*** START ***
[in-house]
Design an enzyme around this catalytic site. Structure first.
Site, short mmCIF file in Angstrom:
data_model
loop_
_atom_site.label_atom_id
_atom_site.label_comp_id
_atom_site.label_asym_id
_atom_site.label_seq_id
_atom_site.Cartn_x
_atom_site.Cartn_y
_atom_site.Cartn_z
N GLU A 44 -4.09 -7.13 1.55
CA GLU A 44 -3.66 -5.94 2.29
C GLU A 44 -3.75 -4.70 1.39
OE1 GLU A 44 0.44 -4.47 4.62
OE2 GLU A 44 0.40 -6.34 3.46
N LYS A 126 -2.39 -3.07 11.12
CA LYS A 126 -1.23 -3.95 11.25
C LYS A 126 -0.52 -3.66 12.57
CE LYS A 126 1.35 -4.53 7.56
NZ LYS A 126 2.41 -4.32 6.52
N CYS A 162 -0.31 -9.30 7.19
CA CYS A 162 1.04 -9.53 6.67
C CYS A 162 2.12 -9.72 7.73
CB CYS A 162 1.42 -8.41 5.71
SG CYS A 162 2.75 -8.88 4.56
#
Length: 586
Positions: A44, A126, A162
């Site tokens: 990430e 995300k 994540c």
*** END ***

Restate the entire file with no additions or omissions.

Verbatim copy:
[in-house]
Design an enzyme around this catalytic site. Structure first.
Site, short mmCIF file in Angstrom:
data_model
loop_
_atom_site.label_atom_id
_atom_site.label_comp_id
_atom_site.label_asym_id
_atom_site.label_seq_id
_atom_site.Cartn_x
_atom_site.Cartn_y
_atom_site.Cartn_z
N GLU A 44 -4.09 -7.13 1.55
CA GLU A 44 -3.66 -5.94 2.29
C GLU A 44 -3.75 -4.70 1.39
OE1 GLU A 44 0.44 -4.47 4.62
OE2 GLU A 44 0.40 -6.34 3.46
N LYS A 126 -2.39 -3.07 11.12
CA LYS A 126 -1.23 -3.95 11.25
C LYS A 126 -0.52 -3.66 12.57
CE LYS A 126 1.35 -4.53 7.56
NZ LYS A 126 2.41 -4.32 6.52
N CYS A 162 -0.31 -9.30 7.19
CA CYS A 162 1.04 -9.53 6.67
C CYS A 162 2.12 -9.72 7.73
CB CYS A 162 1.42 -8.41 5.71
SG CYS A 162 2.75 -8.88 4.56
#
Length: 586
Positions: A44, A126, A162
């Site tokens: 990430e 995300k 994540c």